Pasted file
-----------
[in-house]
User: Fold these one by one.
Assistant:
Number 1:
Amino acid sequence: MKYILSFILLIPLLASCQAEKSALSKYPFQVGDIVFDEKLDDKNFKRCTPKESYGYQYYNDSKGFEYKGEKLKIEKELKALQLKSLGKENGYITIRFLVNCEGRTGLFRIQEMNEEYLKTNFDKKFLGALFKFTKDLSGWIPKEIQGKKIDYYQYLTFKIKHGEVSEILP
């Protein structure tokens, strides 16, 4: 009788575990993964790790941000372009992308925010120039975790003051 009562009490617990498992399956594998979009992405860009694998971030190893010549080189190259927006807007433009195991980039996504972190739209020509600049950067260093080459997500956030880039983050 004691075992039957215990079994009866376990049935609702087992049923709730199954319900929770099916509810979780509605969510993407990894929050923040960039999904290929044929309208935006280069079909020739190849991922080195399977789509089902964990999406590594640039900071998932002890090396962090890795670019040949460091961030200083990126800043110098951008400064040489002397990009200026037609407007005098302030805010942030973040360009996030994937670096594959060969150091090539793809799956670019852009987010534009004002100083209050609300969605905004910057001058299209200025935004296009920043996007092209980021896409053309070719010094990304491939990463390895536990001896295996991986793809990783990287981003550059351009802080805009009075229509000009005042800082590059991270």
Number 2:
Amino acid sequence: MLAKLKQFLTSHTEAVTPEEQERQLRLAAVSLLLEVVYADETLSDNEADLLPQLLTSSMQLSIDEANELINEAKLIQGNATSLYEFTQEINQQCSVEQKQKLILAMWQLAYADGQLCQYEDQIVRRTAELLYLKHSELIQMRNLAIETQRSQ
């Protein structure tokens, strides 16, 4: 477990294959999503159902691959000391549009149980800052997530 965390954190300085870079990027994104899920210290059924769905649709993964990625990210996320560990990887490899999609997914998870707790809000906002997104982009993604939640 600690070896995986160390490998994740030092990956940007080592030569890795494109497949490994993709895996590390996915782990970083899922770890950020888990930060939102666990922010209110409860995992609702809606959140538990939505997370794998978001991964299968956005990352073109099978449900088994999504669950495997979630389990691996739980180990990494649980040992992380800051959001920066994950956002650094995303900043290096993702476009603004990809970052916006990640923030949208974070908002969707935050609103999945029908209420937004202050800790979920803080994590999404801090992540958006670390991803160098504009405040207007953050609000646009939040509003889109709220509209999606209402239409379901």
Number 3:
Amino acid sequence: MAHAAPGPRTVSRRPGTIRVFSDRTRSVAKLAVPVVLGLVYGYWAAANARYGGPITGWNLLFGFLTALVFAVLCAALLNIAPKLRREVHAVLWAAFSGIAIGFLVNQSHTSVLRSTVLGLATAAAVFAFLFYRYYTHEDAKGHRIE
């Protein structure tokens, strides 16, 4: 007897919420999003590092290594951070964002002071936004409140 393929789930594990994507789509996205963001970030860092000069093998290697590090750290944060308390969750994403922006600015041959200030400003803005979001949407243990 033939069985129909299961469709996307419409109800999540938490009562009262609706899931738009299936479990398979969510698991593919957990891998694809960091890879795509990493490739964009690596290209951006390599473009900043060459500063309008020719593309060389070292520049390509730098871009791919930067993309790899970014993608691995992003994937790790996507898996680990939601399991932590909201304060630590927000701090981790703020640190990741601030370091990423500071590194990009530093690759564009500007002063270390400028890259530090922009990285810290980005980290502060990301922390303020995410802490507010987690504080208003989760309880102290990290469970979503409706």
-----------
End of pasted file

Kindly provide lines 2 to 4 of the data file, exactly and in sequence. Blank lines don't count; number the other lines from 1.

User: Fold these one by one.
Assistant:
Number 1: